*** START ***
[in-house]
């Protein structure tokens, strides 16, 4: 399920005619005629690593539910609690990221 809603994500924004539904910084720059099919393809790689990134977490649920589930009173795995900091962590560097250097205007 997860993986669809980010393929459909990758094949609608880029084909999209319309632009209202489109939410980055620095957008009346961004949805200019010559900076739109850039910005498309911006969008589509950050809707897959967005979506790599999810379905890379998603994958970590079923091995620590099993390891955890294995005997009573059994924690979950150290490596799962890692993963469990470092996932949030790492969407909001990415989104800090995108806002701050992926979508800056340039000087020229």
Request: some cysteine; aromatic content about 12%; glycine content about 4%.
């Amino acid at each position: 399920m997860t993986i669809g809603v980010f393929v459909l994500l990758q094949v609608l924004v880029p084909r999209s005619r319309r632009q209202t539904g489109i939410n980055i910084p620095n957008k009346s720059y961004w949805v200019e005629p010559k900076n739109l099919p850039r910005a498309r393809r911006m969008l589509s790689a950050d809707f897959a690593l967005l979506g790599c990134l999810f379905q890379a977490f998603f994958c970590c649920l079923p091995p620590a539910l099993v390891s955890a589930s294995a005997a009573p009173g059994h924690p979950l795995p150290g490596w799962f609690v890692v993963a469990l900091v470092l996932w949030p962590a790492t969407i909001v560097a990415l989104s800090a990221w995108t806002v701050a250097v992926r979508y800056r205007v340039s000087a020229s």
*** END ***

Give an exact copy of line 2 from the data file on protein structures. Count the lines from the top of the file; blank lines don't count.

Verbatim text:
């Protein structure tokens, strides 16, 4: 399920005619005629690593539910609690990221 809603994500924004539904910084720059099919393809790689990134977490649920589930009173795995900091962590560097250097205007 997860993986669809980010393929459909990758094949609608880029084909999209319309632009209202489109939410980055620095957008009346961004949805200019010559900076739109850039910005498309911006969008589509950050809707897959967005979506790599999810379905890379998603994958970590079923091995620590099993390891955890294995005997009573059994924690979950150290490596799962890692993963469990470092996932949030790492969407909001990415989104800090995108806002701050992926979508800056340039000087020229």